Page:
August 9, 2008 at 12:47 AMI received a number of e-mails in response to Think Before You Post, my blog last week about presenting yourself well on the Internet. I was struck by one particular e-mail, and here is an excerpt from it that I feel is important for young people, and their parents, to read:
"(When I was in high school) I felt so disconnected from the music community at large (growing up in a rural community), that it was easy to believe that what I wrote online would never matter in the real world; now, as my professional career is beginning, I bitterly regret the youthful stridency that permitted me to opine so freely and so publicly, not infrequently about people who I now know have read this site."
It's not just Violinist.com, either. People will read your MySpace page; they'll find your Facebook page.
Violinist.com's membership is open to people who are 13 years of age and up. While we don't permit young children to write blogs on the page, we know that a number of people who write are teenagers. We know that teenagers are capable of maturity and awareness; and that's what we'd recommend when you post.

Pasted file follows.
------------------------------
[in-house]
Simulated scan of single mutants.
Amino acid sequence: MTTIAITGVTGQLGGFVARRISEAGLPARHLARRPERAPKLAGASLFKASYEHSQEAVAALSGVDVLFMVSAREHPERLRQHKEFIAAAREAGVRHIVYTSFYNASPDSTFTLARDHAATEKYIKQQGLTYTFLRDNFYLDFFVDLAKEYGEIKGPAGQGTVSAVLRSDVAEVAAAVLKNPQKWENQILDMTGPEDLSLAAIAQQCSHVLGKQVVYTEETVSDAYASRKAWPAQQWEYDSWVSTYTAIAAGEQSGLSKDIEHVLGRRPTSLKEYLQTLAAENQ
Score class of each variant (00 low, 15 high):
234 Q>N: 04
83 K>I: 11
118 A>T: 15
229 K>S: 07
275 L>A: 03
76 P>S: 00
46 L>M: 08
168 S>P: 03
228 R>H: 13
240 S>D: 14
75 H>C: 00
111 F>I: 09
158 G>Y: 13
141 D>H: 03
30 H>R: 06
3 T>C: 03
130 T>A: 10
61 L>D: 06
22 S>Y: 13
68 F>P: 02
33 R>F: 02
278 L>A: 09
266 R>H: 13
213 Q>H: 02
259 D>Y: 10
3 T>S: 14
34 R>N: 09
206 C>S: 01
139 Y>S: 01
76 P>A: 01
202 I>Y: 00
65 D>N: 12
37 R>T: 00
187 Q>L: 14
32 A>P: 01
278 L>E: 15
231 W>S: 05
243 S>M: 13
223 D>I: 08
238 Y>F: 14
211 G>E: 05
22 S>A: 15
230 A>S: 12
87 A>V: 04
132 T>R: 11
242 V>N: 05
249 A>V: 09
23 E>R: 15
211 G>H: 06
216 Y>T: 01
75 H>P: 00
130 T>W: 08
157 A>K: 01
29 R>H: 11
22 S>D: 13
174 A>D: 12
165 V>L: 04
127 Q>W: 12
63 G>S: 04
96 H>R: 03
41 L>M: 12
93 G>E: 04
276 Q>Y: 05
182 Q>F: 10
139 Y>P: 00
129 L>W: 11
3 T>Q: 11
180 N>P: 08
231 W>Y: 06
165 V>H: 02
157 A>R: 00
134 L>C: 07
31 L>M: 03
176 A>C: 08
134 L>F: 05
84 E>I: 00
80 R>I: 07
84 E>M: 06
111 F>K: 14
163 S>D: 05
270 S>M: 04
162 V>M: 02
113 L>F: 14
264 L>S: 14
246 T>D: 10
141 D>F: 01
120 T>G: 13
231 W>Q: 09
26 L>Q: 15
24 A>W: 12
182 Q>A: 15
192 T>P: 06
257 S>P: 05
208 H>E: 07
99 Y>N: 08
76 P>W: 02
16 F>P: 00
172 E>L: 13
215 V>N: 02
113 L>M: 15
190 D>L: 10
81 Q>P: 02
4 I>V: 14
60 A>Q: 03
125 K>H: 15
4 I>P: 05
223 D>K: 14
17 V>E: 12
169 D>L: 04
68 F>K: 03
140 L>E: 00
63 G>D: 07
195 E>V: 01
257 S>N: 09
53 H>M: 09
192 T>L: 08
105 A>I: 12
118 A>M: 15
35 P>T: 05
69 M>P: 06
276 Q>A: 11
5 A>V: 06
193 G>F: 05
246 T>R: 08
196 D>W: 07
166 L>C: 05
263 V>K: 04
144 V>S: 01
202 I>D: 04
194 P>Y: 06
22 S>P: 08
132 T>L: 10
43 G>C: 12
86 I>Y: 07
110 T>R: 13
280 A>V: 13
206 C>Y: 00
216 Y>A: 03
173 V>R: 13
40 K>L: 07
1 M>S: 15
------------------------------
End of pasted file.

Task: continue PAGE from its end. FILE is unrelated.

It's not as if all teenagers wake up one day to be horribly embarrassed over their youthful postings. A number of teenagers have parlayed their blog writing on Violinist.com into great things. For example, Caeli Smith started blogging here when she was 13, has done a number of internships with Violinist.com while still a teenager, and is now a roving reporter for From the Top and was featured on the cover of this fall's Teen Strings magazine. You Go Girl!
I've seen some wonderful blogs written and discussions moderated by teenagers:
So put your best self forward; you can have a voice and make a difference as a teenager participating on this site. If you need advice about how (or whether) to write something in your Violinist.com blog or on the discussion board, you know where to find me.
She doesn't post. Facebook or myspace wouldn't work if you couldn't change it anytime you wanted.
Embarrassed by what I wrote in the past? Constantly! Just like those out of tune notes, you accept your responsibility and hope for the future improvement but never stop playing.
also, teens without an outlet- like Violinist.com- and without a mentor-parents, or the adults on this page- grow up to say just as many embarrassing things as before.
live and learn...or so i think.
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